Visas for Non-Citizens Wishing to Start a Business in the United States

Visas for non-citizens wishing to start a business in the United States are not required. Immigrants do not need citizenship or residency to start a small business in the United States. However, L-1 and E-2 visas for non-citizens wishing to start a business are available without much difficulty. Learn more about L-1 and E-2 visas in our free legal guide below.

Get Legal Help Today

Find the right lawyer for your legal issue.

secured lock Secured with SHA-256 Encryption

UPDATED: Jun 29, 2022

Advertiser Disclosure

It’s all about you. We want to help you make the right legal decisions.

We strive to help you make confident insurance and legal decisions. Finding trusted and reliable insurance quotes and legal advice should be easy. This doesn’t influence our content. Our opinions are our own.

Written By: Jeffrey JohnsonUPDATED: Jun 29, 2022Fact Checked

Citizenship and residency are not required to start a small business in the United States. Some small business opportunities may allow you to reside in the United States if you qualify for an L-1 or E-2 visa. While the L-1 visa is only granted for up to one year at a time, the E-2 visa can be granted for up to two years and is indefinitely renewable.

L-1 Visa Requirements

An L-1 visa is generally limited to foreign nationals who have owned or operated a business outside of the United States and are looking to expand their businesses by opening a U.S. branch. The business plan for an L-1 visa application should include documentation showing a physical office for the business, as well as how the individual plans to support an executive position in the United States for at least a year. If after a year the new branch is successful, the U.S. government may extend the L-1 visa for another year.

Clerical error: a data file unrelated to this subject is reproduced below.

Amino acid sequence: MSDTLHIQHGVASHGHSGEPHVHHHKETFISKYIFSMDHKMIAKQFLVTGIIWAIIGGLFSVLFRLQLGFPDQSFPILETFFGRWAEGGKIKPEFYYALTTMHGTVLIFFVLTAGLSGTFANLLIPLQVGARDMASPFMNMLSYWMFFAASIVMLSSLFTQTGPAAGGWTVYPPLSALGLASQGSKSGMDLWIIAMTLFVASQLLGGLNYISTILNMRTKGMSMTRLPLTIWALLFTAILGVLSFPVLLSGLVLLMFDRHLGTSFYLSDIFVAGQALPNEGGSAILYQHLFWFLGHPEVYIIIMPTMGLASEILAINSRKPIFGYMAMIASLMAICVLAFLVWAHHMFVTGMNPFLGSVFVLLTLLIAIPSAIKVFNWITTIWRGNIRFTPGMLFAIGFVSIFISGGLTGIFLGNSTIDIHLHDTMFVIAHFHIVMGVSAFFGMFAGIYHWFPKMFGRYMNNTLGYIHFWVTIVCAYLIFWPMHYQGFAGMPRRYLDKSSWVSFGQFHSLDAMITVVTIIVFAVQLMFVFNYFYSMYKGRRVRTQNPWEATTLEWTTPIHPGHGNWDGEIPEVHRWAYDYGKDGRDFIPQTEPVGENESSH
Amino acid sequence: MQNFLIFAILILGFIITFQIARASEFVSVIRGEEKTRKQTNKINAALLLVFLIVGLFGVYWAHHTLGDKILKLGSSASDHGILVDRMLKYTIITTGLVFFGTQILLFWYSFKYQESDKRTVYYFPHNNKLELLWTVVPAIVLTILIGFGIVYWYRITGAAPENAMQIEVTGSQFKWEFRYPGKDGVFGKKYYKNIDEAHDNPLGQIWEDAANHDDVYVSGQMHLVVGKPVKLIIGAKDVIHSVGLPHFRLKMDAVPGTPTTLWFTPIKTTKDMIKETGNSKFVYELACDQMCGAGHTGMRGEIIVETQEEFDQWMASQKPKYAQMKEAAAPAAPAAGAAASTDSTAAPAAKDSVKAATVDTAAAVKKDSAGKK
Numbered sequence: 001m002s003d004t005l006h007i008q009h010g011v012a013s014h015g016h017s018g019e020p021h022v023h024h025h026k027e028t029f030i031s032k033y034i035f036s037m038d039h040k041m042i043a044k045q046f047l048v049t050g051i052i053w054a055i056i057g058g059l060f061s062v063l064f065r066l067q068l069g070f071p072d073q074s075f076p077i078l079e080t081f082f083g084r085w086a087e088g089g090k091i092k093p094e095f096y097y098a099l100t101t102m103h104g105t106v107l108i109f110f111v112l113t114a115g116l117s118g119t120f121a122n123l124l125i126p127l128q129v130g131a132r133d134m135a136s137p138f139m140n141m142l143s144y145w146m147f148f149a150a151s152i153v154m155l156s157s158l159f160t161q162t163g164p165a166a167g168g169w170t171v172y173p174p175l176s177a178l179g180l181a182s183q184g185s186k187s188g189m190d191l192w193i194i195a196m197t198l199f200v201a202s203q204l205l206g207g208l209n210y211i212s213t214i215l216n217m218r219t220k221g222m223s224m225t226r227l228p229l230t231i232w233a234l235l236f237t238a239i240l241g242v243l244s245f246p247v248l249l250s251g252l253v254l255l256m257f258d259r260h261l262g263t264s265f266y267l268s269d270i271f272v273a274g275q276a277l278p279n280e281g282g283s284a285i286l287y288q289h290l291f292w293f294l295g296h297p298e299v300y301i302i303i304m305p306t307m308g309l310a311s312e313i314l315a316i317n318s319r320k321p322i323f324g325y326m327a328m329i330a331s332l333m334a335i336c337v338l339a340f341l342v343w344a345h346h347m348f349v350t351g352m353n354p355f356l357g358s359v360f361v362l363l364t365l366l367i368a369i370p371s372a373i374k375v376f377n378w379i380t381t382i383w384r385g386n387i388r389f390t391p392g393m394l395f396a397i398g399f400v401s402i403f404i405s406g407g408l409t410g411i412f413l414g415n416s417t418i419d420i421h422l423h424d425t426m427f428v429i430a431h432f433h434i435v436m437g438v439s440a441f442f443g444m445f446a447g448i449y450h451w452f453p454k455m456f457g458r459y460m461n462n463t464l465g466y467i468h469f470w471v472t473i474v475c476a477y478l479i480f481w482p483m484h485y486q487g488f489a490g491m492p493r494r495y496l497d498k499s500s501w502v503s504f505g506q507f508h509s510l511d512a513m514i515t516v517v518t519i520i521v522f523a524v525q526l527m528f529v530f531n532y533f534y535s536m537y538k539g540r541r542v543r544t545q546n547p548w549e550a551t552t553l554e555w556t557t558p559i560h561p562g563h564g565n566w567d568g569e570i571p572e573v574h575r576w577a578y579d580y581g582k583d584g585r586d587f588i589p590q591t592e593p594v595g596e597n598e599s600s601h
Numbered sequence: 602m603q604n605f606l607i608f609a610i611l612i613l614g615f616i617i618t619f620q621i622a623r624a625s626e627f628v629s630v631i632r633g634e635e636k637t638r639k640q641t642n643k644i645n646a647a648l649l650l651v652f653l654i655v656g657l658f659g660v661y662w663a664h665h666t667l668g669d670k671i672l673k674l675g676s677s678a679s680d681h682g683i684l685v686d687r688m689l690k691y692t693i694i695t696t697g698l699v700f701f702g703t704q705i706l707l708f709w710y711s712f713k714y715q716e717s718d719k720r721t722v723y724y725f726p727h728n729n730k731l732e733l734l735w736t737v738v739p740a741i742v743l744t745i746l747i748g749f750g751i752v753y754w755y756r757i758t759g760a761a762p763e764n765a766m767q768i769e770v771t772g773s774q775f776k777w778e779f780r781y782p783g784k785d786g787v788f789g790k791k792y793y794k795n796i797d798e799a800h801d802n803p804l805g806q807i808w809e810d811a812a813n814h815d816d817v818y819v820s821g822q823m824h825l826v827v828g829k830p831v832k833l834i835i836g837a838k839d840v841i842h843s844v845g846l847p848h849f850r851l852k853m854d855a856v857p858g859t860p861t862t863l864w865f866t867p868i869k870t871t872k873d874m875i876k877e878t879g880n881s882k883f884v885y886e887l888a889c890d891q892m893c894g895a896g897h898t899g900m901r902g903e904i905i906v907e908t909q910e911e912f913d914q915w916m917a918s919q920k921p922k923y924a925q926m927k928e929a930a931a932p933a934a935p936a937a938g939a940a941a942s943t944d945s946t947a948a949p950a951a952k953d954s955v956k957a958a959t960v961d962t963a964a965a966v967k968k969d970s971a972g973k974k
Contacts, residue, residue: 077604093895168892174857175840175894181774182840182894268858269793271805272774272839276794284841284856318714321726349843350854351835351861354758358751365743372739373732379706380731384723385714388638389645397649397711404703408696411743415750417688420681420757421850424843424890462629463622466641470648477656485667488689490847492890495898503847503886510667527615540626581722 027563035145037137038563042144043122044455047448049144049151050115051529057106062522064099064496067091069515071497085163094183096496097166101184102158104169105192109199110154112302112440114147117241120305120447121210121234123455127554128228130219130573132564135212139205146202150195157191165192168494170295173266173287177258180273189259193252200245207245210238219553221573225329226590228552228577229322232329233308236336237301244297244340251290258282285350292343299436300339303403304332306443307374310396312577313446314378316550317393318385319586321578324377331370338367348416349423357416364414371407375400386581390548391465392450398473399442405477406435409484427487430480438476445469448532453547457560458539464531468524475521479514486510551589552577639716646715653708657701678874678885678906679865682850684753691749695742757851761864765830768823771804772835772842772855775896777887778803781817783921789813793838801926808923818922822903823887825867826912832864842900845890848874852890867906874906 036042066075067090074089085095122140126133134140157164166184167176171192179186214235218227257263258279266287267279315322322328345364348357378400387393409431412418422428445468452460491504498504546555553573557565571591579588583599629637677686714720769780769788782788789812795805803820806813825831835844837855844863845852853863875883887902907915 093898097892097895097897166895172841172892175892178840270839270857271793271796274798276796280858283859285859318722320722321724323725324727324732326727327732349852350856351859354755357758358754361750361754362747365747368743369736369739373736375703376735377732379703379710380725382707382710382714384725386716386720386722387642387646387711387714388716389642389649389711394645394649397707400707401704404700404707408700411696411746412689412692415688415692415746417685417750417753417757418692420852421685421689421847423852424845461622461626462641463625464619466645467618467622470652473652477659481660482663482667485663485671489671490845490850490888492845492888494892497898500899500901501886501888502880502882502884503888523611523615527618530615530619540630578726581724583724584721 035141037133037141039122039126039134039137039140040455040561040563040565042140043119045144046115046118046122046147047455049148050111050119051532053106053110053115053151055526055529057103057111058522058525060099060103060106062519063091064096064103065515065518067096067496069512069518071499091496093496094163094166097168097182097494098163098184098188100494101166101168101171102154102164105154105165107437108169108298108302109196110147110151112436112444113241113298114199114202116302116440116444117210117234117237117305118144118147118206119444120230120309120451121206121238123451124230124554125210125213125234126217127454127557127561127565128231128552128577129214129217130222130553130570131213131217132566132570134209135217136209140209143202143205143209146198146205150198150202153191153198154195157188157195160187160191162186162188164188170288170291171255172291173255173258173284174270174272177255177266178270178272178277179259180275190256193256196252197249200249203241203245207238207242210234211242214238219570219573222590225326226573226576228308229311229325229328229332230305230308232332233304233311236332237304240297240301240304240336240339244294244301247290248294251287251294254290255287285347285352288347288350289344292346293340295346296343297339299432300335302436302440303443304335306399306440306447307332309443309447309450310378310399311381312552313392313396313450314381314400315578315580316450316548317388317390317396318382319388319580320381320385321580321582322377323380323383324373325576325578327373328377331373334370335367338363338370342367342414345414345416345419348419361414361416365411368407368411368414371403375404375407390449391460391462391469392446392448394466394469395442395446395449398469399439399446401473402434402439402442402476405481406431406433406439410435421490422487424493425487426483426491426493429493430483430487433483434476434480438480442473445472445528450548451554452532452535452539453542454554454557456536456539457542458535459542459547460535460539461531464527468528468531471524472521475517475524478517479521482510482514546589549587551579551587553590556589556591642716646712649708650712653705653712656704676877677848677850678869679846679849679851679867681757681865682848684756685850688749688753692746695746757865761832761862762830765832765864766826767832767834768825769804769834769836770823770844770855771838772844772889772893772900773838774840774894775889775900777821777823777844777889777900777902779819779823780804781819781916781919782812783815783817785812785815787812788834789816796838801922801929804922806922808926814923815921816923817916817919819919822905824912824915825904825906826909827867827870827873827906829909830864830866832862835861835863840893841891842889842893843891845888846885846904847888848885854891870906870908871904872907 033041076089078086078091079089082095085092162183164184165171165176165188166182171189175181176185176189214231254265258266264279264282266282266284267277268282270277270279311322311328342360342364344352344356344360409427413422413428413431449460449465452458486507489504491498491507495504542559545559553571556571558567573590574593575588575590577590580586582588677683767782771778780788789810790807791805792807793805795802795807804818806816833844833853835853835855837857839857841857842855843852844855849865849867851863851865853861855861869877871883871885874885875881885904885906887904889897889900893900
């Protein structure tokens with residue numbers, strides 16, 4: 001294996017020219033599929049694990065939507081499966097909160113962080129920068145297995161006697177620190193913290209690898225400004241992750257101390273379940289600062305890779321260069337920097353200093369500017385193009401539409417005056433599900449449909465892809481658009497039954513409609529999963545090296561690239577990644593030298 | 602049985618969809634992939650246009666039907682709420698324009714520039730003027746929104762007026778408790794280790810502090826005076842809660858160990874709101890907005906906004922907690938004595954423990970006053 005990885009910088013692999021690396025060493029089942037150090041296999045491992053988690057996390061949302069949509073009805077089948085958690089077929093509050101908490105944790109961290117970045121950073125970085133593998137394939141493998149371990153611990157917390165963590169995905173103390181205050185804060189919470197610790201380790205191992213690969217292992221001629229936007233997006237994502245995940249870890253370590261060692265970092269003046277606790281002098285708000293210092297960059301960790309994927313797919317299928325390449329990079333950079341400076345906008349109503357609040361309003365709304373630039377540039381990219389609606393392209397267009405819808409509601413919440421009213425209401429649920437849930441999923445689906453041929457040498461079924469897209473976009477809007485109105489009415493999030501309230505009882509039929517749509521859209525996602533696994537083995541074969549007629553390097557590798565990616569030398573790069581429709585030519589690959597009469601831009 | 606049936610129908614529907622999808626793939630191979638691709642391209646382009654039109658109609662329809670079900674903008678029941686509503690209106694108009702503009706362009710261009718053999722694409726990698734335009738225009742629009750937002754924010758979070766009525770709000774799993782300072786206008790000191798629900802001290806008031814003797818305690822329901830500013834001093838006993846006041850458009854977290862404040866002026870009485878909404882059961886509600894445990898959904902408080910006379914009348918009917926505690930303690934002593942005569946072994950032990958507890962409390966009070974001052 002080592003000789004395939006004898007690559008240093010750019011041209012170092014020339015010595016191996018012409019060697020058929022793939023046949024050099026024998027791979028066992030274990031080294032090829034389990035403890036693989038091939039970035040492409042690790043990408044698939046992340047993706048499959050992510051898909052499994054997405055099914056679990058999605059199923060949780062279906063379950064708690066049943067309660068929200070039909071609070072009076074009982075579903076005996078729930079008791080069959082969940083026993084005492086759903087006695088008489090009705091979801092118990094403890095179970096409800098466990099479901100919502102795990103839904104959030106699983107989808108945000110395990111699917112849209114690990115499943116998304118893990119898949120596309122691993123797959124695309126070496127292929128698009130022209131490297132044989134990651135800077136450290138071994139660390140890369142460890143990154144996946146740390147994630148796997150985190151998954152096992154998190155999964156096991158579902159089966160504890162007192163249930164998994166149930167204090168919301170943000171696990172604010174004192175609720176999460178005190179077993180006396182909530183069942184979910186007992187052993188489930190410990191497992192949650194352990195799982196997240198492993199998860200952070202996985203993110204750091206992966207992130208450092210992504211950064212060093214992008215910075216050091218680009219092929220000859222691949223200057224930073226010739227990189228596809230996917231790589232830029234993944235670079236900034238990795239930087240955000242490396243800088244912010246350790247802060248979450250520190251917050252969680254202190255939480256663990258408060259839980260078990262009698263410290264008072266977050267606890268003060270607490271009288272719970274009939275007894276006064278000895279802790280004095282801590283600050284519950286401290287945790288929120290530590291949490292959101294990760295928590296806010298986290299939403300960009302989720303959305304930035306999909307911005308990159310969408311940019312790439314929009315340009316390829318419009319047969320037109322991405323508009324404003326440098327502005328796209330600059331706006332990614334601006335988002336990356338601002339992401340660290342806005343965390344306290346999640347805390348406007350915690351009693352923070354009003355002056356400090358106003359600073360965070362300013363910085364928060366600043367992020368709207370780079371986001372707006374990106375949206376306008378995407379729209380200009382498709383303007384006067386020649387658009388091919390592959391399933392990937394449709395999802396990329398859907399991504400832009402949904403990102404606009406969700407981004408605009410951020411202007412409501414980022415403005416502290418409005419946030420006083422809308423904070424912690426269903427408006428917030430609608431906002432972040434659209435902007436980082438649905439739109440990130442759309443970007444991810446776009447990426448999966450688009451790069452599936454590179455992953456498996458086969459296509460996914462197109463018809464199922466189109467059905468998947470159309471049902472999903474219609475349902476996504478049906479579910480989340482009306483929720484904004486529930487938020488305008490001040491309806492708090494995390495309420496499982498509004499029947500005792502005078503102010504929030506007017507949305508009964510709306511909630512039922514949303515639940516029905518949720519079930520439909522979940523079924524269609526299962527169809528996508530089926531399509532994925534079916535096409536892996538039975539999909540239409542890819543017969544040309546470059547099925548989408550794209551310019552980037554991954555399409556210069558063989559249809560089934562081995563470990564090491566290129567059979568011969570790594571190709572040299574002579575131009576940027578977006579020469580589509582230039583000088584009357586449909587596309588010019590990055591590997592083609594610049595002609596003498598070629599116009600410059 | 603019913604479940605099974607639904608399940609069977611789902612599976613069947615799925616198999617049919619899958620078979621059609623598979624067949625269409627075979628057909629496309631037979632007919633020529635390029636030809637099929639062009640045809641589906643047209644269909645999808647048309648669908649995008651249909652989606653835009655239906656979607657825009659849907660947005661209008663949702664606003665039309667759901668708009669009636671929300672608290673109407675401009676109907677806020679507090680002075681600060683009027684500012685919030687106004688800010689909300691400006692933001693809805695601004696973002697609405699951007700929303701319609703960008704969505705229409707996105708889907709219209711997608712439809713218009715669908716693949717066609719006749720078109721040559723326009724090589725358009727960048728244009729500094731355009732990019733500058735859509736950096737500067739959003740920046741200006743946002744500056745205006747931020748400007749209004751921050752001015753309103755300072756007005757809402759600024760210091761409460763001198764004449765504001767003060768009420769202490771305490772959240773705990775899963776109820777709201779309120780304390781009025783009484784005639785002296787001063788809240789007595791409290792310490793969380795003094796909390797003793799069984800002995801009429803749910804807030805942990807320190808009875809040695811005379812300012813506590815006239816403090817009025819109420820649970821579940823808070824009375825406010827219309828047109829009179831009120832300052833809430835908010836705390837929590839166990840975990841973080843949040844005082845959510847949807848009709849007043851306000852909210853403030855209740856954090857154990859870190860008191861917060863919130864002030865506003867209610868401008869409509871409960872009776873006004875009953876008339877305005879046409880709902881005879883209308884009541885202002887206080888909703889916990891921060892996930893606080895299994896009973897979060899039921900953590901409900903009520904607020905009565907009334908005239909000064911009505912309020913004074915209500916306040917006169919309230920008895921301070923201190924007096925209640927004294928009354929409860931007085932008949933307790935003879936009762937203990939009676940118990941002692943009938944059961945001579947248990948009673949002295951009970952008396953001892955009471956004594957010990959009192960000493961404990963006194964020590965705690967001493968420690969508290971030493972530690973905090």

E-2 Visa Requirements

To obtain an E-2 visa, an individual must research and write a successful small business plan showing how they will support a new, profitable business in the United States. To qualify for an E-2 Visa, the individual must be a national from a country with which the United States has a Treaty of Friendship, Commerce, and Navigation. If the small business that you will start will be a corporation, at least 50% of the members must be nationals from a treaty country.

Other Visa Requirements

The U.S. government requires that the investor invest a substantial amount of money in the proposed business. While there is no set limit, the amount of money invested must be enough so that the business is likely to succeed. The government determines this by comparing how much an average U.S. investor would invest in the type of business proposed. This method of comparison can have many variables, and the U.S. government has wide discretion in determining if the proposed business meets these standards.

The government will also look to see if the business funds have been irrevocably committed, which means that the investors should be able to show that the money is actively in the project itself. Additionally, the small business plan must show that the proposed business will improve the local economy and not just provide for the investor’s family. Previous success of a similar business can be a good way to demonstrate this. Improving the local economy can also be shown directly by the expected profits of the business, expected number of employees, and/or whether the investors have another source of income outside of the proposed business. The U.S. government will also look to see whether there is documentation that supports likely revenues of the proposed business. If the business is a franchise that is well known, profitability may be easier to demonstrate.

Other Considerations for E-2 and L-1 Visas

While the E-2 and L-1 visas allow an individual to reside in the United States for a substantial amount of time, the individual must usually keep a residence outside of the United States as well. Further, it’s important to note that both of these visas apply only to an individual, which means that spouses and dependents may not work or live in the United States unless they qualify independently.

Editorial Guidelines: We are a free online resource for anyone interested in learning more about legal topics and insurance. Our goal is to be an objective, third-party resource for everything legal and insurance related. We update our site regularly, and all content is reviewed by experts.

Jeffrey Johnson is a legal writer with a focus on personal injury. He has worked on personal injury and sovereign immunity litigation in addition to experience in family, estate, and criminal law. He earned a J.D. from the University of Baltimore and has worked in legal offices and non-profits in Maryland, Texas, and North Carolina. He has also earned an MFA in screenwriting from Chapman Univer...

Full Bio →

Written by Jeffrey Johnson
Insurance Lawyer Jeffrey Johnson

Get Legal Help Today

Find the right lawyer for your legal issue.

secured lock Secured with SHA-256 Encryption